Bramble Park Zoo Update
This week Steve Cechvala and myself, Christopher Overdorf, were in Watertown, South Dakota leading the design workshop for the Bramble Park Zoo’s first two projects that are part of the zoo’s recently completed master plan, which was authored by ELM. Other partners on the project include Todd Architects, West Plains Engineering and Aason Engineering.
There are two projects in the first phase of work, an otter exhibit and a large children’s zoo.
The new children’s area will focus on celebrating the local agricultural heritage of the Water Town area. We developed some great ideas for the new program and will be collaborating with the Lake Area Technical Institute and hopefully the local high school’s FFA group.
The new program will include a large domestic animal barn that includes holding space for all the zoo’s program animals. Kids will be able to pan for gold in a water flume, walk through a pen with a bunch of chickens, feed goats, and play on a bunch of farm themed play equipment. There will also be a demonstration area for crop rotation and its importance to building healthy soil. There will be two “windmills” built. One will use wind to pump water and grind grains (the more traditional use) and the other will use a new wind turbine that supplies power to the children's zoo area. The new one will reflect the huge economic driver wind energy has become to the area.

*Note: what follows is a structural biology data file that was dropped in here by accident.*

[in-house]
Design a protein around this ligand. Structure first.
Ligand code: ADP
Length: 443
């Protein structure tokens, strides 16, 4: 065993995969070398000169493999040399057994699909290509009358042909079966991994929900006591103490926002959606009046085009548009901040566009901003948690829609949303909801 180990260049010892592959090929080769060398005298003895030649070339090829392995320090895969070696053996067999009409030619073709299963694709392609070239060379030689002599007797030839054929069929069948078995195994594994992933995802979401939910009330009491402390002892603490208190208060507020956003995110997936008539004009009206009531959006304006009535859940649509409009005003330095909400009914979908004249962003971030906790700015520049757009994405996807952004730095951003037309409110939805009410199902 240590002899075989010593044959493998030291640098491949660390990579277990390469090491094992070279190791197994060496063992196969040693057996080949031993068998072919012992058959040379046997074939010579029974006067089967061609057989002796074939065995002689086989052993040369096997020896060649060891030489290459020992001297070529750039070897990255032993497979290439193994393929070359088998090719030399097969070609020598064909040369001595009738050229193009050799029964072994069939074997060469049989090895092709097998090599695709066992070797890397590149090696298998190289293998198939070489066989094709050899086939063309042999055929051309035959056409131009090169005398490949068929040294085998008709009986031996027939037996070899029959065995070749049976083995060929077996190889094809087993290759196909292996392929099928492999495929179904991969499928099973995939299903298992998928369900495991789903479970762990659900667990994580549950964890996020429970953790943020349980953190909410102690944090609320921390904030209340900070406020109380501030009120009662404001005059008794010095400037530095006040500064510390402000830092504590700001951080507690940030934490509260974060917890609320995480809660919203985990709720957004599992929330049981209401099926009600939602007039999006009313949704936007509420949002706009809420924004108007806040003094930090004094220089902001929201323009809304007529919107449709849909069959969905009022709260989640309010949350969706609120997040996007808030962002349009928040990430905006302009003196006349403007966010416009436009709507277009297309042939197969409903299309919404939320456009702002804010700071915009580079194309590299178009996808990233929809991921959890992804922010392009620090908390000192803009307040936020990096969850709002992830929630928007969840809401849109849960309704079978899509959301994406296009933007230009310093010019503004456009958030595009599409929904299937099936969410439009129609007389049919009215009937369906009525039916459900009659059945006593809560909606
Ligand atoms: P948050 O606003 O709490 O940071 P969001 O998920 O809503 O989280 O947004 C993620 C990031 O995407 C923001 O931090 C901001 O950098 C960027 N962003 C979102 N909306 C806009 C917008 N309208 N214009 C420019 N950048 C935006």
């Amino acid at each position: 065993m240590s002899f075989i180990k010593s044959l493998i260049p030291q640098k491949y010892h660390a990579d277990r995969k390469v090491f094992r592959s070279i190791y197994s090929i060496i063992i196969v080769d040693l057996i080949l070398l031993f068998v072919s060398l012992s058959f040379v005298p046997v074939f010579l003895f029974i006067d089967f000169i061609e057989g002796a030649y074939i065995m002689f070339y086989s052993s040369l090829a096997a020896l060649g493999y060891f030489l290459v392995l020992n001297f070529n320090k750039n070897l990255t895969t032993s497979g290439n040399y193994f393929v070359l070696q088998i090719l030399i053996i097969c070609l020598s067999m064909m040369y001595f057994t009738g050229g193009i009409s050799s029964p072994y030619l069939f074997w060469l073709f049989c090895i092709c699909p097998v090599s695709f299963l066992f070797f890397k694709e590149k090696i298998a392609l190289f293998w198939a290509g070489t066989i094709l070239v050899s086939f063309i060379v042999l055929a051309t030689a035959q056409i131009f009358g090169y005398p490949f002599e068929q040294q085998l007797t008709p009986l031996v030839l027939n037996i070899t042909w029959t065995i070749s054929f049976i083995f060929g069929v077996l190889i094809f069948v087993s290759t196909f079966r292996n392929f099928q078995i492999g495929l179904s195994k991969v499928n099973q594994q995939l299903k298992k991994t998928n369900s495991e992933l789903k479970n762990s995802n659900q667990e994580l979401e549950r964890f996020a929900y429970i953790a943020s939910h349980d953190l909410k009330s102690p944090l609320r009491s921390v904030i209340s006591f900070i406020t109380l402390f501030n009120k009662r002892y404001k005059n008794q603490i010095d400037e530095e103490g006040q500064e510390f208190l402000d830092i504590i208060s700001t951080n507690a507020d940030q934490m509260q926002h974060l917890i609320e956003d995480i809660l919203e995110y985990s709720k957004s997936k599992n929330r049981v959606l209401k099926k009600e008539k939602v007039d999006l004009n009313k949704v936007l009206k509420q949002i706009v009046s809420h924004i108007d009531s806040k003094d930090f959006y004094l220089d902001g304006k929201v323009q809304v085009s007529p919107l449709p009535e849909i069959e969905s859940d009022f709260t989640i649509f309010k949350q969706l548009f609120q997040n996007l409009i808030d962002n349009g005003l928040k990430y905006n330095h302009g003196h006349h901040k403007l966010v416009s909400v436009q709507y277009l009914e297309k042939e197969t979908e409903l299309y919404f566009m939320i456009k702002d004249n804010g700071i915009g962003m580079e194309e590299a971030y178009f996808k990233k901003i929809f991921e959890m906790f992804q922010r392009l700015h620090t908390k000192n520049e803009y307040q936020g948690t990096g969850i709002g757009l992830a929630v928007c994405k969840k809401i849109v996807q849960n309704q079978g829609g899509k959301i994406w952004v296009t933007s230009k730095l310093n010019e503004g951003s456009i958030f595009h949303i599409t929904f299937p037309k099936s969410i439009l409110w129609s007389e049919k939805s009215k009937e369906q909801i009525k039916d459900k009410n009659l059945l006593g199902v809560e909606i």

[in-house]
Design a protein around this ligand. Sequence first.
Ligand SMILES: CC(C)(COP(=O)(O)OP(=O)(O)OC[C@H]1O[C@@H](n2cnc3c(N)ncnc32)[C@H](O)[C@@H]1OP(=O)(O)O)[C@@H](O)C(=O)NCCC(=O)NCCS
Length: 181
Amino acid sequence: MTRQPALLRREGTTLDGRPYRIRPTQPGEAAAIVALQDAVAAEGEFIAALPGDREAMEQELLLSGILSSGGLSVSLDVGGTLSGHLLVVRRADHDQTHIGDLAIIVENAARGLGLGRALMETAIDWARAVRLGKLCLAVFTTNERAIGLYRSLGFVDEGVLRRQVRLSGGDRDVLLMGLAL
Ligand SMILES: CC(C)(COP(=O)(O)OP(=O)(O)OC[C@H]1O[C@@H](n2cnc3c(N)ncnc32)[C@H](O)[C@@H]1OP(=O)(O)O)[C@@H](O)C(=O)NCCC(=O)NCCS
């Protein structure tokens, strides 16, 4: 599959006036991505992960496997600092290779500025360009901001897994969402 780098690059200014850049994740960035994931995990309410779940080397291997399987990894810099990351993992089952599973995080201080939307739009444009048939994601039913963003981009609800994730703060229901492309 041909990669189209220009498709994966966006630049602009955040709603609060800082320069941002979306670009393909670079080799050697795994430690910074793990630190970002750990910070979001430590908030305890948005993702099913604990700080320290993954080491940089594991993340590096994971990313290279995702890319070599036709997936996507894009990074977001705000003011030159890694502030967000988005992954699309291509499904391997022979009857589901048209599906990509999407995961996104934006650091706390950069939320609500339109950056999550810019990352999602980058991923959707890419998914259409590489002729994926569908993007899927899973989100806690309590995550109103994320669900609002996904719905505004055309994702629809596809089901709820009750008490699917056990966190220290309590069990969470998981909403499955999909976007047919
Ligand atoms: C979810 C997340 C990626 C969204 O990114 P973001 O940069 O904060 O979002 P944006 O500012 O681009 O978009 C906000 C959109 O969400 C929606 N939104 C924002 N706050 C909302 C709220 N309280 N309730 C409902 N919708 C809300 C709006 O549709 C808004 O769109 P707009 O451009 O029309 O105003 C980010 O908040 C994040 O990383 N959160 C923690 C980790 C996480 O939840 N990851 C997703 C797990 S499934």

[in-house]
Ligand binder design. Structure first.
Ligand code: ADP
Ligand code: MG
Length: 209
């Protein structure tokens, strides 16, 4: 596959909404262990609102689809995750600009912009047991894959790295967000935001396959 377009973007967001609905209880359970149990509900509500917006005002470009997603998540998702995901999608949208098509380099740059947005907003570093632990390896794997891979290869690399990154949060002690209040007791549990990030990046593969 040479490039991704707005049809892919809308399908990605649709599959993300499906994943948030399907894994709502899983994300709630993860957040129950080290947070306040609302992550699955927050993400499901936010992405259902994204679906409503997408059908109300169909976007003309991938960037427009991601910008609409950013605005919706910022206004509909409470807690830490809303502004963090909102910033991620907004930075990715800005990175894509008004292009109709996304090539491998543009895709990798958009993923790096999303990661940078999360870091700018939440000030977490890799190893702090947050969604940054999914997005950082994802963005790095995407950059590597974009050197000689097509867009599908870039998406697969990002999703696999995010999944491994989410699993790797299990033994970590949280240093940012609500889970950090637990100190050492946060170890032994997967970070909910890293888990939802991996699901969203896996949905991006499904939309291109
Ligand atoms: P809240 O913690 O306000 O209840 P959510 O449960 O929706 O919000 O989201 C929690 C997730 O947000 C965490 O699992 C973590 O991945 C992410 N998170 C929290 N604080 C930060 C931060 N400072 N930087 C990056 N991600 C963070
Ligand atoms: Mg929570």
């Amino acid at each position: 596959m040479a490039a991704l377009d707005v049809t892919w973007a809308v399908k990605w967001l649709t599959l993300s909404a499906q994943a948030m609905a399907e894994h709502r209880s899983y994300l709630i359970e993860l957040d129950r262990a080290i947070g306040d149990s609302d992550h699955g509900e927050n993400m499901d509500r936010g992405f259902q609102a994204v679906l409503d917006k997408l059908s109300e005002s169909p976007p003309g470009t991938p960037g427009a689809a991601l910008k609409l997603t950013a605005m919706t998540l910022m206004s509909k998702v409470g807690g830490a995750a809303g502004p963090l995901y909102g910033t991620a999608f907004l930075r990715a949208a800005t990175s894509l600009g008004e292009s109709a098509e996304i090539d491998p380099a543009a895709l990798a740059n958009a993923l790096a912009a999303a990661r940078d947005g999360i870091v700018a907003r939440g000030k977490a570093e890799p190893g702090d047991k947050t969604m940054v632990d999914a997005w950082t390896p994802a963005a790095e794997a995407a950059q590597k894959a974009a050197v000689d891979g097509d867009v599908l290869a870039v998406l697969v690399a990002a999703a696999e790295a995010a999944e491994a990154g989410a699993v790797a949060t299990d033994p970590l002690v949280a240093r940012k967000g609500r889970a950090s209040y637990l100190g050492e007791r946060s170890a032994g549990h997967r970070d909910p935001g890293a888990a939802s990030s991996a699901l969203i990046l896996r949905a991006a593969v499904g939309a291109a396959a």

Students from the tech college will build the new turbine and the local high school FFA group will become part of the education program at the children's zoo area.
Fortunately, we also met with reps from the Lake Area Technical Institute about coordination of needs with their programs (large animals, renewable energy) and how they can be augmented and promoted.
During the trip, I had the pleasure of meeting with the Upper Big Sioux River Watershed Project to learn about their stream restoration projects. We want the otter exhibit to portray an eroded streambank next to a restored streambank and tell the story of the need for these types of restoration projects.
We also pitched an idea of using “living walls” instead of the standard shotcrete barrier walls in the otter exhibit. More research of these types of systems is needed but it is exciting to think of new dynamic barrier types that can be used at zoos.
During our meetings with the project civil engineer and city engineer on storm, sewer, flood and fire protection needs, I described a site grading strategy that mimics a much larger scale process synonymous to the glacially influenced area the zoo resides in. Basically, lots of small rolling mounds planting with native prairie grasses with several wet depressions could be used to handle surface drainage. These soft prairie mounds would weave through and around the children's zoo site creating framed separated areas for specific uses.
Next steps for this project are to build the CAD files for coordination, lock down floor plans, identify where controls will be located (light switches, doors, animal management gates), and prepare elevations (interior and exterior) for the next workshop in mid-December. Stay tuned to find out more!
By Christopher Overdorf, firm principal
- by Chris Overdorf
- posted at 8:30 pm
- December 5, 2011